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Highcliff students are parents of Peeps

| Thursday, April 24, 2014, 5:15 p.m.
Randy Jarosz | For the McKnight Journal
First-grader Cooper Matthews, 6, carefully picks up the Peeps chick he adopted as part of a class project at Highcliff Elementary in Ross Township on April 16, 2014.
Randy Jarosz | For the North Journal
First-grader Caitlyn Hutchinson, 7, measures the Peeps chick she adopted as part of a class project at Highcliff Elementary in Ross Township on April 16, 2014.
Randy Jarosz | For the McKnight Journal
First-grader Autumn Smith, 7, weighs the Peeps bunny she adopted as part of a class project at Highcliff Elementary in Ross Township on April 16, 2014.
Randy Jarosz | For the McKnight Journal
First-grader Madison Kevan, 6, takes a Peeps chick's 'footprint' as part of class project at Highcliff Elementary in Ross Township on April 16, 2014.
Randy Jarosz | For the McKnight Journal
First-grader Ronnie Millanti, 7, measures the Peep he adopted as part of a class project at Highcliff Elementary in Ross Township on April 16, 2014..
Randy Jarosz | For the McKnight Journal
Highcliff Elementary first-graders adopted newly 'hatched' Peeps chicks or bunnies on April 16,2014, as part of a class project.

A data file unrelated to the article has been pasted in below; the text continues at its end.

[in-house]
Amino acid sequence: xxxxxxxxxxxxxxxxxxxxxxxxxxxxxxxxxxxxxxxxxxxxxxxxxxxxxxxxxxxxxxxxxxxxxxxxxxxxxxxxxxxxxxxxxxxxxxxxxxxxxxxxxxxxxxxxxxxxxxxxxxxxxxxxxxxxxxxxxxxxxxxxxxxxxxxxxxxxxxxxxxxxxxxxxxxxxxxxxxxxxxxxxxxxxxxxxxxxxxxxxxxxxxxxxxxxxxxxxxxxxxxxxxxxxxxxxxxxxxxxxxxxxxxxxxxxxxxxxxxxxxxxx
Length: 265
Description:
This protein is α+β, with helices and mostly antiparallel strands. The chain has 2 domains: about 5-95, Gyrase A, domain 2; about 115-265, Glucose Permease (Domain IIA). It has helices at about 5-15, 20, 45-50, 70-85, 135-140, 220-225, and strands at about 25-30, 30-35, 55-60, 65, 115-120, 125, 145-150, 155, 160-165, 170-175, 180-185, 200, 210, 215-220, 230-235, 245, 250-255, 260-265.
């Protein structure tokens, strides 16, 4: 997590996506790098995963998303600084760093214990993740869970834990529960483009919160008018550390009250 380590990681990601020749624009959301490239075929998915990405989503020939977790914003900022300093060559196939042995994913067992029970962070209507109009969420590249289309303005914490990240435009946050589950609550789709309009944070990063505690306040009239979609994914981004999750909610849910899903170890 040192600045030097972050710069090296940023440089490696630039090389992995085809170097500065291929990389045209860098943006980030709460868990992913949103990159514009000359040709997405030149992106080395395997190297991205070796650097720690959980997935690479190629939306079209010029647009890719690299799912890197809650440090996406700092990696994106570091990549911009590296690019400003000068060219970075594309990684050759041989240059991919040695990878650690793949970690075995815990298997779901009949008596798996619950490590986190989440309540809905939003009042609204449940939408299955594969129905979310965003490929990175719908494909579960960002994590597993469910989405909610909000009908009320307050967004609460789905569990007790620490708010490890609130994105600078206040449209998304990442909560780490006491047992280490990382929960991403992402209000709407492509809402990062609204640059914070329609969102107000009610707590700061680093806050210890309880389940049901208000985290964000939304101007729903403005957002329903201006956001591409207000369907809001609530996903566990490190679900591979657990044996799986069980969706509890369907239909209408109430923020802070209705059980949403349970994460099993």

The first-graders of Highcliff Elementary are proud to announce the adoption of about 90 fluffy, sugar-coated Peeps babies that were delivered this month.

“They were so excited to adopt these Peeps,” said first-grade teacher Kim Harbaugh, who organized the project.

The first-graders at the school in Ross Township spent the morning naming, measuring and weighing their newly adopted marshmallow pets that “hatched” from plastic eggs on April 16.

Harbaugh, of Franklin Park, said that although the activities were fun, they also helped the students practice reading, writing and math skills.

Cooper Matthews, a first-grader in Harbaugh's class, cradled his yellow Peeps chick that he named Luke Russell Skywalker, while Bruna Gomes, a first-grader in teacher Sasha Pesanka's class, explained that her orange bunny, Emily, was a little smaller than the average Peep.

Fortunately, Harbaugh said, once the students adopted and named their marshmallow friends, they lost all interest in eating them.

Landon Schmidt, 6, said he had no plans to eat his purple chick. He just wanted to “play with it and snug it.”

And, he said, “the fact that they don't respond when you ask them a question,” was the hardest part of being a Peep parent.

Students filled out the paperwork needed for new babies for their Peeps adoptees, created lists of instructions for baby sitters and wrote notes to the principal when their chicks or bunnies were reprimanded for tattling.

“Parenthood sometimes is tough,” Harbaugh told her class.

Kelsey Shea is a staff writer for Trib Total Media. She can be reached at 724-772-6353 or kshea@tribweb.com.

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